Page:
Thousands of mourners have flocked to the heart of South Africa’s sprawling Soweto township, a center of anti-apartheid resistance, to pay tribute to Nelson Mandela’s wife Winnie Mandela, who died last week.
Her grandson Bambatha Mandela on Wednesday described Winnie, who died on April 2 after a long illness, as “an extraordinary woman, a mother, a soldier, a fighter.”
“Even at 81 (she) was one person I thought would live forever,” he said in an emotional tribute. “I had the privilege of being the first grandchild they could raise after (Nelson) returned from prison.”
The choice of Soweto’s 37,000-capacity Orlando stadium for both the memorial service and the full state funeral planned for Saturday was highly symbolic.
Unlike many apartheid-era leaders who moved from townships like Soweto to formerly white suburbs after the regime fell, Winnie Mandela remained embedded in the community where she met Nelson Mandela at a bus stop in 1957.
“I don’t think I want to wake up alongside my enemies,” Bambatha remembered his grandmother as saying.
Sunshine broke through a dense cloud cover over Soweto during multi-faith prayers, while outside the stadium a motorcycle club sporting African National Congress (ANC) colors arrived to pay their respects.
“I had seen her; I was here in 1974 when she came to the schools and said we were marching out. She was a hero for us, a fighter with us,” said mourner Lilian Motgung, from nearby Zakariyya Park.
Inside, the Soweto Gospel Choir sang several rousing numbers which prompted mourners to dance beside their seats.
Deputy President David Mabuza said that many South Africans were left “weeping” after learning of her death: “Though you are gone from our human eye, the black fortress of human dignity cannot be erased. You reminded our daughters and mothers that they are powerful beyond measure. You are a torch-bearer of our liberation.”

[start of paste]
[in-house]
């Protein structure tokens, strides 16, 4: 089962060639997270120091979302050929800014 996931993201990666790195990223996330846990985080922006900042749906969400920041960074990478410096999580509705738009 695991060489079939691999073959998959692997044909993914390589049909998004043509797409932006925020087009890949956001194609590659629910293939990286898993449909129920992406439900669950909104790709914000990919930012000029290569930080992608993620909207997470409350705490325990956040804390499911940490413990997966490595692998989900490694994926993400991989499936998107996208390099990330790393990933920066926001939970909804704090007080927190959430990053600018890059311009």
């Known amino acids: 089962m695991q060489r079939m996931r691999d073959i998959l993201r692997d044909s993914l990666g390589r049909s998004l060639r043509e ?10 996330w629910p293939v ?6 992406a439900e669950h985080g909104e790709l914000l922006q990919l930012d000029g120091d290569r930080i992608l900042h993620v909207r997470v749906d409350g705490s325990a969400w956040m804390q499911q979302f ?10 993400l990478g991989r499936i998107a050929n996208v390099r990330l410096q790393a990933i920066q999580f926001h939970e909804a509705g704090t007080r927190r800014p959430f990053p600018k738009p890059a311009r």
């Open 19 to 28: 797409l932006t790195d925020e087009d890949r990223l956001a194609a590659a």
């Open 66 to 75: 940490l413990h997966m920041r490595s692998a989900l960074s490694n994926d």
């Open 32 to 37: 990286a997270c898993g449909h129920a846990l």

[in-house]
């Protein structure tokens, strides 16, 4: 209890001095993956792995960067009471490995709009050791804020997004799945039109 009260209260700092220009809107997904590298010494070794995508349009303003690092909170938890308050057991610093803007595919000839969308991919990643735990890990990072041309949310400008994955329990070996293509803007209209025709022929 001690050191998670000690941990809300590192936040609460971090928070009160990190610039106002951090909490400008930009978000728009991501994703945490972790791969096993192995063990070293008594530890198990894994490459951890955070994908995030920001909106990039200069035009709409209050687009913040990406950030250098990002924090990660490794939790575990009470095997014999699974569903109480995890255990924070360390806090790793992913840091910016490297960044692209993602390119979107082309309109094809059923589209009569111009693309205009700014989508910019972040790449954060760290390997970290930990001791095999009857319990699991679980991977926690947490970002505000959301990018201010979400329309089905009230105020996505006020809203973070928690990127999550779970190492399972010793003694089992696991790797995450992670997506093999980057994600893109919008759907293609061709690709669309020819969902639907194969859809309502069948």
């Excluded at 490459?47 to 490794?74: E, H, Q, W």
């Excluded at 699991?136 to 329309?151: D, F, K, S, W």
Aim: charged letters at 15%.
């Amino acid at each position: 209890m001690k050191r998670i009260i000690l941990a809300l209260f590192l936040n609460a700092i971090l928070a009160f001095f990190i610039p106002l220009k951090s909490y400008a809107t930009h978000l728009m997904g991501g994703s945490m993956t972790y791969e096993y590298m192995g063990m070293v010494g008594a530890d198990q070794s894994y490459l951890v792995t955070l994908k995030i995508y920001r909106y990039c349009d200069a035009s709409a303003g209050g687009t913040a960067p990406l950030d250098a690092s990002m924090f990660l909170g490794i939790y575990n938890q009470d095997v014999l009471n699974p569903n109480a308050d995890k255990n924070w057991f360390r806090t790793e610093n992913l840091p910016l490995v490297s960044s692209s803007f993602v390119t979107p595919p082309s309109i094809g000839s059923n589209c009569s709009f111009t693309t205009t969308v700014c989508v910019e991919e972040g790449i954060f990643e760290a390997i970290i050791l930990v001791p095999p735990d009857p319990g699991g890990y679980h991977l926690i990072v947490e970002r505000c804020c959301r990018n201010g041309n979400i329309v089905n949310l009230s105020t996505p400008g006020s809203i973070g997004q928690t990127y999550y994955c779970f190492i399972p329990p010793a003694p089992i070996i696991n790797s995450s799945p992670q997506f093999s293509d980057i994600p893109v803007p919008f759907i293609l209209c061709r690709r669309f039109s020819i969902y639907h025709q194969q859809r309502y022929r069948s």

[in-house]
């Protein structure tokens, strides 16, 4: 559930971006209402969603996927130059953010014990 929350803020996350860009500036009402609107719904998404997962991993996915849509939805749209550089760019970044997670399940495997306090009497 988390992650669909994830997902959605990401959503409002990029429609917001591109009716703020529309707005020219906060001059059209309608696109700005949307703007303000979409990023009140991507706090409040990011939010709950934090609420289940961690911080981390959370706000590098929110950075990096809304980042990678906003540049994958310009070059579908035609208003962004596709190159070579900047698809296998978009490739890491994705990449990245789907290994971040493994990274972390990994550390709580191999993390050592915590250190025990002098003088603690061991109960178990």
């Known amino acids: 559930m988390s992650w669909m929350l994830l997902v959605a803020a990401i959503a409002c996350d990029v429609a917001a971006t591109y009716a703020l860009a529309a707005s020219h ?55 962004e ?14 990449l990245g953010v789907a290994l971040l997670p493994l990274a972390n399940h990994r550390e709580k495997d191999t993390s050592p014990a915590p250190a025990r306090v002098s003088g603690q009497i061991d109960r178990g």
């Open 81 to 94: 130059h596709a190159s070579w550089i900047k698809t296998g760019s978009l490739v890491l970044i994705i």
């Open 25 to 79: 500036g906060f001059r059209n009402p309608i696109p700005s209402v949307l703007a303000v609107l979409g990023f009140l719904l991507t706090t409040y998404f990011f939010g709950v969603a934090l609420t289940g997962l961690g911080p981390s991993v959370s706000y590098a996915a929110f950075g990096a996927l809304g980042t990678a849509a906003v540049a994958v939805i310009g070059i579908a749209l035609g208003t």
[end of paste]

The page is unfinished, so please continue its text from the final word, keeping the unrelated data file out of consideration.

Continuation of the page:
The charismatic master of ceremonies cried “Long live the fighting spirit of Mama Winnie Madikizela-Mandela,” and “Viva Soweto!” to spirited chanting from the crowd.
“Every time we met Mrs. Mandela, she’d tell wonderful stories, she was like no other,” church leader John Moletsane told AFP as he made his way to the ceremony. “She would tell you about how to build the future and not look to the past. I don’t know where South Africa would be without her; no one can fill her space.”
Rita Ndzanga, a frail former anti-apartheid fighter who was detained alongside Winnie Mandela, drew rapturous cheers from the crowd as she spoke about their experiences together: “I remember when we were arrested in our fight against pass laws for women,” she said, describing how they were both breastfeeding at the time.
As well as numerous ministers, religious leaders and family members, George Bizos, an anti-apartheid icon who was close friends with Nelson Mandela, also attended.
He sat alongside at least 100 VIP delegates, including Nelson Mandela’s third wife Graca Machel, on a black stage decorated with bright yellow and white flowers and flanked by two big screens.
Mananki Joyce Seipei, the mother of a boy whose kidnapping Winnie was convicted of in 1991, was reportedly encouraged by the ANC to attend Wednesday’s event. She told local media she was “very sad to hear that Winnie is no more because she and I had made peace.”
Winnie Mandela was found guilty of kidnapping Stompie Moeketsi, a 14-year-old boy who was then beaten to death by her bodyguards in her home in 1988.
She was also accused of running a group responsible for multiple murders and beatings in Soweto, and of endorsing “necklacing”: killing suspected informers with burning tires put over their heads.
Her convictions for kidnapping and fraud, and her reputation for overseeing violence in black townships, were brushed aside with tributes to her bravery, independence and integrity.
ANC Deputy Secretary General Jessie Duarte told Winnie’s critics to “sit down and shut up” during her speech to the crowd.
Most of Winnie’s 38-year marriage to Nelson was spent apart: Nelson was imprisoned for 27 years, leaving his wife to raise their two daughters alone as she kept his political dream alive.
In 1990, the world watched when Nelson Mandela finally walked free from prison, hand-in-hand with Winnie. The Mandelas separated in 1992 and divorced four years later.